1968 Kentucky Derby – Dancer’s Image disqualification

HRTV released this information about their weekend show “Inside Information”. The next edition of HRTV’s award-winning Inside Information: Dancer’s Image, on Sunday, July 14 at 8:30 p.m. ET (5:30 PM West Coast Time), will be expanded to a special one-hour format to present an in-depth retrospective on one of Thoroughbred racing’s landmark cases, which will recount the machinations of the decision, along with revealing interviews with key people directly involved.

The disqualification of Dancer’s Image from winning the 1968 Kentucky Derby remains the only disqualification of a winner in the storied history of the Triple Crown. It was unquestionably one of the sport’s most controversial decisions and still leaves unanswered questions 45 years later.

Dancer’s Image, ridden by Bobby Ussery, rallied from last to win the Derby, besting Calumet Farms’ Forward Pass, but was later disqualified, and placed 14th and last, when traces of the illegal substance Phenylbutazone, known commonly as “Bute,” were found in his system.

That decision obviously rankled many at that time, including Dancer’s Image’s owner, Peter Fuller. In its wake it left a host of non-definitive speculation about the circumstances and any concrete explanations remain a mystery. Inside Information’s thorough documentary serves to outline many of the unproven theories.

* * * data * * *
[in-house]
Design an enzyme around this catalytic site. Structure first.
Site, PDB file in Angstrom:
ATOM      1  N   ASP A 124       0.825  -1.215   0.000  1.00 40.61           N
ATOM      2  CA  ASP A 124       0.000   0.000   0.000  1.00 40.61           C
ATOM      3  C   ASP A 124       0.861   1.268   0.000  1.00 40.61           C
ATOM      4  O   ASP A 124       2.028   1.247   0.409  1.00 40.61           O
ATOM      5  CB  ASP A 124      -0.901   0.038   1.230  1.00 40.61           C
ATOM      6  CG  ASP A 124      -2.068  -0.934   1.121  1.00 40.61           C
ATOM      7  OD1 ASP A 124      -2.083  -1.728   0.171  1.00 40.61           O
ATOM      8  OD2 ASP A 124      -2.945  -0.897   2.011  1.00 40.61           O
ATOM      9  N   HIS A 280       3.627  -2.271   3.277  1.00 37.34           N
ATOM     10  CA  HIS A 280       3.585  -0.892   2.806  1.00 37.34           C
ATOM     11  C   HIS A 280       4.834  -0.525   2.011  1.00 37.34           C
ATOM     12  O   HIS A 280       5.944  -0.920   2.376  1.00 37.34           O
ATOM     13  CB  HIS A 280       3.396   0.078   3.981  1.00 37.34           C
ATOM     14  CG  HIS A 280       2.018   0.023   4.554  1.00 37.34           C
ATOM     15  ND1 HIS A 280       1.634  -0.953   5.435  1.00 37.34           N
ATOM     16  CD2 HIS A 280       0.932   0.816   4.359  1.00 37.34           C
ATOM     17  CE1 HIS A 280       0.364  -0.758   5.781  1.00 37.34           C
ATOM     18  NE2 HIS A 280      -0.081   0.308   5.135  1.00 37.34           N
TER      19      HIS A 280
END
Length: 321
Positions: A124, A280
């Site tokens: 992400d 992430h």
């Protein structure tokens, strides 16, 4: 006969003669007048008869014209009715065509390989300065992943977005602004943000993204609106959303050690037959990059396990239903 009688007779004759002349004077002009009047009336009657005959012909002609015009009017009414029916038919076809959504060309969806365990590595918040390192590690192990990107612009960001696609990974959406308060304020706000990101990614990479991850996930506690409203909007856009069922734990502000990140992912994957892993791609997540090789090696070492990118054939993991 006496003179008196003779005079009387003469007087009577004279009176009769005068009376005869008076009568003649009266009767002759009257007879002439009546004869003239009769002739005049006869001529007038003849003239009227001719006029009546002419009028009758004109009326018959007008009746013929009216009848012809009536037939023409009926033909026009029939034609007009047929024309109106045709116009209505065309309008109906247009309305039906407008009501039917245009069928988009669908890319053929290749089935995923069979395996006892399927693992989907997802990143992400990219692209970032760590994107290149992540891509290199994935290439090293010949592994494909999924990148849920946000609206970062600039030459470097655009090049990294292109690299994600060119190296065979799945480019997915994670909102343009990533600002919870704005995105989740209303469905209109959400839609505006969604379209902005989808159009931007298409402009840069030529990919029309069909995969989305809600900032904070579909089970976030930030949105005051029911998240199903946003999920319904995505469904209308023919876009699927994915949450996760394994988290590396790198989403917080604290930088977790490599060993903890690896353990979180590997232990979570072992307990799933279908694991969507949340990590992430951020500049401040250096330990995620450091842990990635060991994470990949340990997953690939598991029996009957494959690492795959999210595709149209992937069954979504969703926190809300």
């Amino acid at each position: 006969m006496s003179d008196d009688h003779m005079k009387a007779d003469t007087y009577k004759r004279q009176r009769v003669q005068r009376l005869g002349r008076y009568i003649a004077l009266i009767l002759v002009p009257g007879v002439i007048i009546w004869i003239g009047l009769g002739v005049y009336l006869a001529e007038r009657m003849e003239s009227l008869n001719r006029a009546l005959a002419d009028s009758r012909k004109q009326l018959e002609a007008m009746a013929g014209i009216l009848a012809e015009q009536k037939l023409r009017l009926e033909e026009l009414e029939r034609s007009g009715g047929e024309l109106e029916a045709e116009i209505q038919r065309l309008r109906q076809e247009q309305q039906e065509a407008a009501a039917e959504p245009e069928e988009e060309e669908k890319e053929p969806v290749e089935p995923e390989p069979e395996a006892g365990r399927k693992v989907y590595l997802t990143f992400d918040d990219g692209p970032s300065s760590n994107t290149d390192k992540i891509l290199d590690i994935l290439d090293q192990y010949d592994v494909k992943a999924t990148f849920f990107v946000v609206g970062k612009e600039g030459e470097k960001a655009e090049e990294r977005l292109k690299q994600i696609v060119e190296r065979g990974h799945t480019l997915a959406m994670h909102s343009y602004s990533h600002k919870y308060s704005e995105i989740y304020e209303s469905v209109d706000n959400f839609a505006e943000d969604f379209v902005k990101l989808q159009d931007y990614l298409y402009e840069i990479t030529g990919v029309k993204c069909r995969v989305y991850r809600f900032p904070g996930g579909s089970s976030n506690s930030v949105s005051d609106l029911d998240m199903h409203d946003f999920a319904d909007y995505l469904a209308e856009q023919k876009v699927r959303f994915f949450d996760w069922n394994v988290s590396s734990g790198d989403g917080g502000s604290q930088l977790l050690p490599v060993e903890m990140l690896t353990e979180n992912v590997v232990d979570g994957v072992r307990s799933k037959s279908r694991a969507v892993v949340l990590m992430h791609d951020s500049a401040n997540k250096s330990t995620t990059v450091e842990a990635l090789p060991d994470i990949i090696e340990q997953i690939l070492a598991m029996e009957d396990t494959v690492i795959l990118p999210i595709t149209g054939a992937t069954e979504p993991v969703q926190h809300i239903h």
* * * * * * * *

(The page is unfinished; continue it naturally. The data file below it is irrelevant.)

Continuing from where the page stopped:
Prominent veterinarian Alex Harthill, whose long career included several other implications of improprieties, had given Dancer’s Image a dose of “Bute” almost a week prior to the Derby, which normally would not trigger the positive test.

The failed test spawned a host of conjecture, including: drug sample tampering, switched samples, wrong test results, possible favoritism to iconic Calumet Farms, and another very compelling hypothesis.

Prior to the Derby, Fuller contributed some of Dancer’s Image’s winnings to Coretta Scott King, the widow of civil rights leader Martin Luther King, which was not well-received by many people in the South. That led some to surmise that the positive test may have been a backlash to the donation and Fuller’s general support of the civil rights movement.

Fuller vigorously fought to have the Derby decision overturned in court for the succeeding five years, but was ultimately unsuccessful. He died in 2012 at age 89.

Inside Information’s exhaustive research includes interviews with many that have their own recollections surrounding the controversy, including: Joan Fuller, Abby Fuller, and Peter Fuller, Jr., the owner’s wife, daughter, and son respectively; jockey Ussery; attorney Edward S. “Ned” Bonnie; noted sports writer Billy Reed, and author Milton C. Toby.

It will be great to see Billy Reed’s comments on Dancer’s Image. Billy Reed has participated in our Kentucky Derby Tours for almost 20 years, giving us his insight to the horses running in the Kentucky Derby at our Kentucky Oaks breakfast.